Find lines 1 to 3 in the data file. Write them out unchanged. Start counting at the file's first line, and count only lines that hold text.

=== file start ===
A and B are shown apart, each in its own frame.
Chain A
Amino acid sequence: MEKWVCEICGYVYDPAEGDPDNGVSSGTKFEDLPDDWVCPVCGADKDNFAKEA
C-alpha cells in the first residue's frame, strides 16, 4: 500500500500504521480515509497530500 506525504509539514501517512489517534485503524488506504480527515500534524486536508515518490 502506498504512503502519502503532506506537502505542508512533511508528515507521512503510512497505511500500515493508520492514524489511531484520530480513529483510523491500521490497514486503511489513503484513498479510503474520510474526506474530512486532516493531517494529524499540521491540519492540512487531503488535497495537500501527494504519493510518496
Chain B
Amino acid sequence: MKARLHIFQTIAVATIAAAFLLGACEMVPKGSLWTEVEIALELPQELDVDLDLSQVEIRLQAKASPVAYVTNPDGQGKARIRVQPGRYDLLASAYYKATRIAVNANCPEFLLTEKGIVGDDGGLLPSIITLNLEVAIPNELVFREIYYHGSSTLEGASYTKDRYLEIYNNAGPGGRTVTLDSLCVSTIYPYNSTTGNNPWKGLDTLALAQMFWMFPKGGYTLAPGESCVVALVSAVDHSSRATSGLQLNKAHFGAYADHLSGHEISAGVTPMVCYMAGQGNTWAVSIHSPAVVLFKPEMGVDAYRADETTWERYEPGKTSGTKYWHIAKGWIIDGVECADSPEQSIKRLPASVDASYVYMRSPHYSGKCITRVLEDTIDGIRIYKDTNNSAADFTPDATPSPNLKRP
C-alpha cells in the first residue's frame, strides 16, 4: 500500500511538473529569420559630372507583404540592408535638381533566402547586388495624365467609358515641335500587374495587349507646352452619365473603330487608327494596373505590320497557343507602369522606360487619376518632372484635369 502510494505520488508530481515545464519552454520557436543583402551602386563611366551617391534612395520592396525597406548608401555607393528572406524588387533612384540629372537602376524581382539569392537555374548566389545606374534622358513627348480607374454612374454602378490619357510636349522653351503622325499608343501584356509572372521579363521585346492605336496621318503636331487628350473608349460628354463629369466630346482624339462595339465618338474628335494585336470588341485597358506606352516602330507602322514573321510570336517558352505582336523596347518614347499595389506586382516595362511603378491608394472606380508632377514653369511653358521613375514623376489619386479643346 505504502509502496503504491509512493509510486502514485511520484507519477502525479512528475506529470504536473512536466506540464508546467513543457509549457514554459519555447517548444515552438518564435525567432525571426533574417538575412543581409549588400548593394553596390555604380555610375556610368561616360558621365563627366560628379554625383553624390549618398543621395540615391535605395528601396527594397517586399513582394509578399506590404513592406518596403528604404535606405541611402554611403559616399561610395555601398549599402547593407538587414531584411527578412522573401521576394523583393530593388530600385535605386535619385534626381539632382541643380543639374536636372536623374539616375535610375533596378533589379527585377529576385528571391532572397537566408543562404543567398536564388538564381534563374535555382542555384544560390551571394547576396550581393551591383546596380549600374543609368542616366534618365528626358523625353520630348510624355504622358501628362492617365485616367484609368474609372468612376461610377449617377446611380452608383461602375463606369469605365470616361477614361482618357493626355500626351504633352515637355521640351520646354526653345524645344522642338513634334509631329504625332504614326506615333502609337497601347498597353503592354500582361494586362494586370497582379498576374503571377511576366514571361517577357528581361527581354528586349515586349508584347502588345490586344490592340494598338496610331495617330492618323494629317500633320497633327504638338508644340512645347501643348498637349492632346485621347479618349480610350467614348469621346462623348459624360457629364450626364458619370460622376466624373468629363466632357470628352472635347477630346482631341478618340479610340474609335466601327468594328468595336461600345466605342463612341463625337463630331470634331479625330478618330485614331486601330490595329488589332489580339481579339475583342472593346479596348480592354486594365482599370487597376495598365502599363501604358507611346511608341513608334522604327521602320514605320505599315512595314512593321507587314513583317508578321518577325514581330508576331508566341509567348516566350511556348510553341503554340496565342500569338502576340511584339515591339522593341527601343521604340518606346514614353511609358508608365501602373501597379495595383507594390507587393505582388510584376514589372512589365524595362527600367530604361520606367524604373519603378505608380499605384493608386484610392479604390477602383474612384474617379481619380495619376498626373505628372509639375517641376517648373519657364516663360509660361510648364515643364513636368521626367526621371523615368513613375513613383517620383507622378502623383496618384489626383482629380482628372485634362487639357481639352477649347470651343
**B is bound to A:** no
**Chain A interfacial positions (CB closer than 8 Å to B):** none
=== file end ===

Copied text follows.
A and B are shown apart, each in its own frame.
Chain A
Amino acid sequence: MEKWVCEICGYVYDPAEGDPDNGVSSGTKFEDLPDDWVCPVCGADKDNFAKEA